Bushra Ahmad, MD; Kayla Dewey, MD; Michael Lu, MD, FACEP
Department of Emergency Medicine, University of Rochester Medical Center
A 76-year-old male with a past medical history of chronic back pain, diabetes, hyperlipidemia, hypertension, and cigarette smoking presented to the Emergency Department (ED) with worsening low back pain for the past two weeks. The pain was associated with nausea and decreased oral intake for the last several days. The pain was worse with ambulation. He denied fevers, chills, night sweats, weight loss, abdominal pain, vomiting, numbness, tingling, or saddle anesthesia.
On presentation, the patient was awake and in moderate distress. He was noted to have a systolic blood pressure in the 90s. On physical exam, a pulsatile mass was palpated along the epigastric area. The patient was tender in all four quadrants without rebound or guarding.
Point-of-care ultrasound (POCUS) performed at the patient’s bedside demonstrated a large, 11 cm, abdominal aortic aneurysm (AAA) with visible echogenic turbulent blood flow (Figure 1, Video 1). With the assistance of Color Doppler, we were able to confirm that the AAA had ruptured with active hemorrhage (Figure 2, Video 2). Volume resuscitation with IV fluids and blood products was initiated, while Vascular Surgery consult was called and arrived at the bedside within 15 minutes. The patient was taken emergently to the OR for successful endovascular aortic repair.
Figure 1. AAA B-mode with turbulent blood flow.
Figure 2. AAA Color Doppler.
Role of POCUS in the Evaluation of AAA
A common chief complaint in the ED is back pain. The differential diagnoses for back pain is broad, ranging from chronic arthritic pain to abdominal aortic aneurysm (AAA) rupture. An ED physician needs to decide if this chief complaint warrants immediate attention to rule out life-threatening causes such as AAA rupture. History and physical exam are inadequate tools to diagnose abdominal aortic aneurysm, as most patients do not present with the classic triad of hypotension, back pain, and a pulsatile abdominal mass. POCUS can be used to both rule in (positive likelihood ratio 10.8-infinity) or rule out (negative likelihood ratio 0-0.025) AAA rupture.1-4 Pitfalls of ultrasound in diagnosing AAA are that the sensitivity and specificity of the modality is dependent on the skill of the operator, a patient’s body habitus or view obstruction by bowel gas, and 5% of AAA are juxta-suprarenal making it difficult to visualize on ultrasound. Pending the ultrasound results, the decision can be made to pursue an emergent CT scan and/or consult vascular surgery.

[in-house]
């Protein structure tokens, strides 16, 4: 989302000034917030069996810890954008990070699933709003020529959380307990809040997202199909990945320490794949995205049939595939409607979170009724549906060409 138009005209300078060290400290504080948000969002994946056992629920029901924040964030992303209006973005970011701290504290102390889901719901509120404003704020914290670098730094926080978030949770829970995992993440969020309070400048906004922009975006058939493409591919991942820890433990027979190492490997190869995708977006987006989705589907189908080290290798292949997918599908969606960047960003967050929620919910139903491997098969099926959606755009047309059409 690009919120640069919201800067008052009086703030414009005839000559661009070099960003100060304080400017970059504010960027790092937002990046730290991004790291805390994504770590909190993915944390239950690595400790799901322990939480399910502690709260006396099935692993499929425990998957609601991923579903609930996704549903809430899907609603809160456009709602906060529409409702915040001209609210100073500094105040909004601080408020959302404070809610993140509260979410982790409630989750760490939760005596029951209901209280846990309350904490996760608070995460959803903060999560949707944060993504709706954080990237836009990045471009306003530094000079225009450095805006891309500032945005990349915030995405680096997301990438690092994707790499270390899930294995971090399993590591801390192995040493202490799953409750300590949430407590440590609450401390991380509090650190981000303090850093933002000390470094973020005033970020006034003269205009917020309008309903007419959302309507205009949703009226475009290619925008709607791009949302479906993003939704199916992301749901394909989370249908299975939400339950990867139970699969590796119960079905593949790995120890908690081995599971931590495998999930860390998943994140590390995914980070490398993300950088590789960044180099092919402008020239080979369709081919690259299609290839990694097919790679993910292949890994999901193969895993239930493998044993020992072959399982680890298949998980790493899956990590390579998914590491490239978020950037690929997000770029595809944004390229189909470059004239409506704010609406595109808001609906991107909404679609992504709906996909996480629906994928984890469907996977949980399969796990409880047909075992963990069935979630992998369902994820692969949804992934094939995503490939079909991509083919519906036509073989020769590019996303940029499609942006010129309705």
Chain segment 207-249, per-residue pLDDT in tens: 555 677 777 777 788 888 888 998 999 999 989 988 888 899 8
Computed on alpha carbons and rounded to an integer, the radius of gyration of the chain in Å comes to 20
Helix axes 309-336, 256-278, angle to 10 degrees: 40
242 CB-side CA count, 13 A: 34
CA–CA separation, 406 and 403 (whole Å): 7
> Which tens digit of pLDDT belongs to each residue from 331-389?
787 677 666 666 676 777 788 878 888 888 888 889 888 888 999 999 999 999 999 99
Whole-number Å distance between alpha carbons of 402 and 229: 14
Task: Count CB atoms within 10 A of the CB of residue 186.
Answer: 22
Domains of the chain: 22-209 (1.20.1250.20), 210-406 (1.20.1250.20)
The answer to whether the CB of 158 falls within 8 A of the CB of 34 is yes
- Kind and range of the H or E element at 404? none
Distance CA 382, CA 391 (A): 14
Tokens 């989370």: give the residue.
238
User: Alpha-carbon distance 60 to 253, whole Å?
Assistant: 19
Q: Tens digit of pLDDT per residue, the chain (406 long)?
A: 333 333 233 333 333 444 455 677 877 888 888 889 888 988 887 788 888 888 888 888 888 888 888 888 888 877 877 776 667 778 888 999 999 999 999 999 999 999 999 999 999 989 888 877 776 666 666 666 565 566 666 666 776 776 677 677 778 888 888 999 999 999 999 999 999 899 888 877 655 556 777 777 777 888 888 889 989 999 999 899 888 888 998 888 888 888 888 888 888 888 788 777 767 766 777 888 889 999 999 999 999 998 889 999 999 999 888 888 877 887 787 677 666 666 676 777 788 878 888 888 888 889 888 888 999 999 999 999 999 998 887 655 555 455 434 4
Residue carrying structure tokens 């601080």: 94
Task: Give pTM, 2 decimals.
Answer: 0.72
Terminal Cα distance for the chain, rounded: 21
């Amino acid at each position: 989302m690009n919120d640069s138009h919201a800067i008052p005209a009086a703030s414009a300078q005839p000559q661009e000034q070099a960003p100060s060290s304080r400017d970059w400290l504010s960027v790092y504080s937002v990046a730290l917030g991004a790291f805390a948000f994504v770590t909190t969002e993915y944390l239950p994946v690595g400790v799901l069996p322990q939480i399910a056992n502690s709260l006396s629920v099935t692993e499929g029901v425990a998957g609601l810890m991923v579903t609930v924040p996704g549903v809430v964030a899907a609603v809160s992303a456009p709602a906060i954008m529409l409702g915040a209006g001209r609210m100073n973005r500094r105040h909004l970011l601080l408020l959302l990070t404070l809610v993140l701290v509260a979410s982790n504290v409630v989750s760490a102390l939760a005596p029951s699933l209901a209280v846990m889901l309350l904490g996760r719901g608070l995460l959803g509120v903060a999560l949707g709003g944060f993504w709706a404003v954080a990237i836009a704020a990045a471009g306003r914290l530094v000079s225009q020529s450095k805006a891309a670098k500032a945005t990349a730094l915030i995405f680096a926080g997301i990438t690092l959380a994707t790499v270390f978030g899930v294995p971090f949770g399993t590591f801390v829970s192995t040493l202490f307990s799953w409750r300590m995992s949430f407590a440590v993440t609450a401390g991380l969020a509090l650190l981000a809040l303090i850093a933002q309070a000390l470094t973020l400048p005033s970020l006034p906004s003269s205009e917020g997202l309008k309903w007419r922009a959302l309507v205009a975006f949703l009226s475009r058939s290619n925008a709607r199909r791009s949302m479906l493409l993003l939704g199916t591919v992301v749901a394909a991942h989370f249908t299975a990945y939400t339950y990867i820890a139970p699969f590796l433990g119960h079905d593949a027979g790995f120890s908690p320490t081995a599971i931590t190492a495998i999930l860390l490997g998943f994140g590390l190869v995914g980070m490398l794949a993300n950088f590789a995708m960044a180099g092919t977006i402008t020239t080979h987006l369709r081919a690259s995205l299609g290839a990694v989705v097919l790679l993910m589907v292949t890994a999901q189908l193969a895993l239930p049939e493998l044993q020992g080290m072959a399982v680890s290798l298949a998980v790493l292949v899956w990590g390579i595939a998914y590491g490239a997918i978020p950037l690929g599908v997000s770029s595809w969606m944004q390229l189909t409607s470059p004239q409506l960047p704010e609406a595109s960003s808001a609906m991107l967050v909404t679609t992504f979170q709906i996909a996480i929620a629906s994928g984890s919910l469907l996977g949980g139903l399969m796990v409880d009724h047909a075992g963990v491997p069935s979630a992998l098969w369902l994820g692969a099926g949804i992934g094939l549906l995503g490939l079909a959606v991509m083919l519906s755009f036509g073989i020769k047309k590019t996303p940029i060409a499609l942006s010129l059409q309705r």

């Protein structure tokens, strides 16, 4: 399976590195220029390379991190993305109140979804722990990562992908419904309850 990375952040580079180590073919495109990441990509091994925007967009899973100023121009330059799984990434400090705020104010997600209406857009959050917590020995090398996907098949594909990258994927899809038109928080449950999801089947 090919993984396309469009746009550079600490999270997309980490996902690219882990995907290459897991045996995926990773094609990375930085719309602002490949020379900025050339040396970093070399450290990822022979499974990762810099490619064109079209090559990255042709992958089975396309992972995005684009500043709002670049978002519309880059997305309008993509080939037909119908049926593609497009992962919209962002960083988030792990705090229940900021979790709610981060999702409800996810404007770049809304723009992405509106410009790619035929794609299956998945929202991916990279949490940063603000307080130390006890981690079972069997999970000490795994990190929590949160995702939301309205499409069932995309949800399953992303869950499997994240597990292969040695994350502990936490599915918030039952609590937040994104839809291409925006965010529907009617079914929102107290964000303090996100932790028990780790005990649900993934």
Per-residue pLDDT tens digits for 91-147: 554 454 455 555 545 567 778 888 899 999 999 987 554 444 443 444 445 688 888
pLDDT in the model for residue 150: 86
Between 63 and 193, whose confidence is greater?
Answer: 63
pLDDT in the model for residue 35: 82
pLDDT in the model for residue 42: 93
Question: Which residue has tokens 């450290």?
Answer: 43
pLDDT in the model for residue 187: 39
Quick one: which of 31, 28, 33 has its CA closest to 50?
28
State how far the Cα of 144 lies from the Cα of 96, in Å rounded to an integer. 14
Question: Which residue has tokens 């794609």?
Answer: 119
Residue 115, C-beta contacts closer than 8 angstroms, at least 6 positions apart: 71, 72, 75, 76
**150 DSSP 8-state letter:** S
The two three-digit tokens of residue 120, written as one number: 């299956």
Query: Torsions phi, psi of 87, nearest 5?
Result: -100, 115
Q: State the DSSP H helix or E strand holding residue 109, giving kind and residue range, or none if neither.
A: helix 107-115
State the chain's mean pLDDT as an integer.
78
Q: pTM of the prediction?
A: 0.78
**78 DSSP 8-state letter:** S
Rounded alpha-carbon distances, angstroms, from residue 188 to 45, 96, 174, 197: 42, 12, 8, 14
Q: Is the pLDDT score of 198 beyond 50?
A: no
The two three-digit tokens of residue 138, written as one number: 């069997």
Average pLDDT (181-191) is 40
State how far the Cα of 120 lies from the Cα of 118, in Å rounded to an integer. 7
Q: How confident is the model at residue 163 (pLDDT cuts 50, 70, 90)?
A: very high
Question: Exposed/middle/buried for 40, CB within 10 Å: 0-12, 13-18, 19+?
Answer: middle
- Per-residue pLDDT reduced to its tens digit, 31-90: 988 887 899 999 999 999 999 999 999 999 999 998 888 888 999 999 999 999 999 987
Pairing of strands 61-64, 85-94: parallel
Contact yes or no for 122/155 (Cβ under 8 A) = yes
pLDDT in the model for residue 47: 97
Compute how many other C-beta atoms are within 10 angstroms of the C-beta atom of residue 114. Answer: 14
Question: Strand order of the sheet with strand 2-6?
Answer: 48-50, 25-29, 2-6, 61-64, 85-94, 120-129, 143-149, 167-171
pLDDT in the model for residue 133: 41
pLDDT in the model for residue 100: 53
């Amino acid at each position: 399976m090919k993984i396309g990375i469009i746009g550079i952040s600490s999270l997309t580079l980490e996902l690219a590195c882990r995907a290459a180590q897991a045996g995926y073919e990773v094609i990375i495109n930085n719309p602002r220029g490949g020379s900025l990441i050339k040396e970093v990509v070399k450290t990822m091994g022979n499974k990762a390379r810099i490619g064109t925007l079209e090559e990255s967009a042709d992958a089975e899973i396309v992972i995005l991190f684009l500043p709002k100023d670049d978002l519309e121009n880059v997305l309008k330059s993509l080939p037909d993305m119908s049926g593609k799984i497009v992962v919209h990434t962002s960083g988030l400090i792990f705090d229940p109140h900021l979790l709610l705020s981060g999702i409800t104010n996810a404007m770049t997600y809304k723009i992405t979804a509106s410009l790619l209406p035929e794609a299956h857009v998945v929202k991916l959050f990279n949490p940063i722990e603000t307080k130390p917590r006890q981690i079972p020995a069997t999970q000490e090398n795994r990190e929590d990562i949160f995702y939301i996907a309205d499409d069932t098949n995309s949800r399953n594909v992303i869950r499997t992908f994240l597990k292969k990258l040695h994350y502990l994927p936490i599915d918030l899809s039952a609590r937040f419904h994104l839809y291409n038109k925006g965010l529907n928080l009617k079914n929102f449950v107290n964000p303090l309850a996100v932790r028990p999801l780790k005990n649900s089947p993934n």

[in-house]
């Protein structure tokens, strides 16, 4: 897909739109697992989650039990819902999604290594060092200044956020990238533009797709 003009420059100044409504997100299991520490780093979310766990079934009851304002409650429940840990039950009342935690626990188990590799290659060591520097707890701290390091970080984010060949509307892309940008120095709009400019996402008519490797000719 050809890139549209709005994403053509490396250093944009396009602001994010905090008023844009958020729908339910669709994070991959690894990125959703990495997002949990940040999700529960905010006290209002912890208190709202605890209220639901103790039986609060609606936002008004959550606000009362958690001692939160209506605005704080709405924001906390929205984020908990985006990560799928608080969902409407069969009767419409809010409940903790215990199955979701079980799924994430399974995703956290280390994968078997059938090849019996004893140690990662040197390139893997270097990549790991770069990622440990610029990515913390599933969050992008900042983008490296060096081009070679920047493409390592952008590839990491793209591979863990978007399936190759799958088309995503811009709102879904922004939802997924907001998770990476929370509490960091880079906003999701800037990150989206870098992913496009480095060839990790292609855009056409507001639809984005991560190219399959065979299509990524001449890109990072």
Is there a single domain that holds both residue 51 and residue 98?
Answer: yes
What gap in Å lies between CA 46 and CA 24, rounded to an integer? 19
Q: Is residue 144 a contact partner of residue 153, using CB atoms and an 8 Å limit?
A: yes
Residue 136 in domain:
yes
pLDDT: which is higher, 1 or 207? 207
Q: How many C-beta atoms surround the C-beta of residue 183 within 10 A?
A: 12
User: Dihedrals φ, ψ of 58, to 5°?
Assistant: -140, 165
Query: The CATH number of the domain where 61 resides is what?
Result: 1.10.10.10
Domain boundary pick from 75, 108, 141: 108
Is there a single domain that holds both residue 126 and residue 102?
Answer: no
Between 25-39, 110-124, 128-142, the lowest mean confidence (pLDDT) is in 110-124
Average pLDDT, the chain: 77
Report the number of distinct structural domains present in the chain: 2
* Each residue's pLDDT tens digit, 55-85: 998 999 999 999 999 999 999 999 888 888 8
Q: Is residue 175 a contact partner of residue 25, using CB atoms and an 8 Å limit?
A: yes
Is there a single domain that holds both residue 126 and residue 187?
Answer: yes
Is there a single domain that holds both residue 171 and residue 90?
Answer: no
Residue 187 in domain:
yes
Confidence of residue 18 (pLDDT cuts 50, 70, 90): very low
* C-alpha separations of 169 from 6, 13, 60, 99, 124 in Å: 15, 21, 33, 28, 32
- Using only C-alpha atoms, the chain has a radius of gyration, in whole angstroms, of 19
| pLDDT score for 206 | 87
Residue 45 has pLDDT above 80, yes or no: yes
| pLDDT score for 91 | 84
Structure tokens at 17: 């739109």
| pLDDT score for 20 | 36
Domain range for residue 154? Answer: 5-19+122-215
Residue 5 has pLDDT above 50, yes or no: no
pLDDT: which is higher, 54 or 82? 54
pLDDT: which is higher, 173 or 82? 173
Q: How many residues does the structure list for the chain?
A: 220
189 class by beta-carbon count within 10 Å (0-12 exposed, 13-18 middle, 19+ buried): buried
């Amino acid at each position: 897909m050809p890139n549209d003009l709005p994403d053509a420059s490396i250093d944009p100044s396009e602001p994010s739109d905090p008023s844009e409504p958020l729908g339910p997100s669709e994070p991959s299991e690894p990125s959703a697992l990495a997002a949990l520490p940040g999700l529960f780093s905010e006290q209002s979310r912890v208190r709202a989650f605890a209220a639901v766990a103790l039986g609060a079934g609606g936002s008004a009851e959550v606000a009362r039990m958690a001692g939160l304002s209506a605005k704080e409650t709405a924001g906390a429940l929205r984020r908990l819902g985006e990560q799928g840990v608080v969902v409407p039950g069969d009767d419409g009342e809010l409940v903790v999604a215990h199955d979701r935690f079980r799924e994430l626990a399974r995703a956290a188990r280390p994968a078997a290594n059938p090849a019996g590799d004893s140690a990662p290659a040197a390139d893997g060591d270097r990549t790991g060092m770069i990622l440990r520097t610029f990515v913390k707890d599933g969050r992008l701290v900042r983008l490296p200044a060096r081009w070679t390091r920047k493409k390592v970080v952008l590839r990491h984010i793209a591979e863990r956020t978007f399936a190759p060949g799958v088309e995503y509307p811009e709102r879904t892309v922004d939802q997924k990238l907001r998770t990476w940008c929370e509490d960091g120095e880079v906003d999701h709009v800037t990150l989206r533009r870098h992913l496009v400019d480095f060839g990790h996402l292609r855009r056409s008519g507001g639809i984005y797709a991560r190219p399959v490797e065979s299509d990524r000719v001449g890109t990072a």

The American College of Radiology (ACR) appropriateness rating for the use of ultrasound in suspected AAA is 9, suggesting that it is indicated as the first imaging modality to be used because of its favorable risk-benefit ratio.5 AAA is defined as focal dilatation where the vessel diameter is >3 cm or at least 50% larger than the proximal normal segment. Abdominal aortic aneurysm rupture may not always be apparent, but when present is seen as a hypoechoic mixed density surrounding the aorta. Management of AAA is dependent on the size of the aneurysm and the stability of the patient. All unstable patients ultimately need to go to the operating room for rupture repair. If the size of the abdominal aorta is <2.5 cm, no routine follow-up is needed. AAA sizes in between 3 and 5 cm need to be followed through routine imaging surveillance.6-8 If the AAA size >5 cm or if the growth is >0.5 cm/6 months, then the aneurysm must be surgically repaired.
Using POCUS to rapidly diagnose a potentially life-threatening ruptured AAA is an essential skill for ED physicians, as every minute counts in order to optimize time to definitive operative management and reduce morbidity and mortality.
1. What sonopathology is demonstrated in these clips?
Abdominal Aortic Aneurysm (AAA) Rupture
2. What is the utility of POCUS in diagnosing AAA?
Ultrasound reaches 100% sensitivity and specificity in diagnosing AAA. Physical exam findings such as the classic triad of hypotension, back pain, and pulsatile mass are unreliable as patients often present with non-classical symptoms.
3. What is the diagnostic criteria and management for AAA?
AAA is defined as a dilation of the abdominal aorta measuring >3 cm or >50% larger than its proximal normal segment. Abdominal aortas <2.5 cm do not need routine follow-up, while AAA >5 cm need surgical repair. All interval aneurysm sizes should be followed with interval surveillance imaging at regular intervals.
4. What are the pitfalls for POCUS for AAA?
Ultrasound sensitivity and specificity is reliant on technician skill. The image obtained can be limited by body habitus or bowel gas. Juxta-suprarenal AAA are difficult to visualize on ultrasound.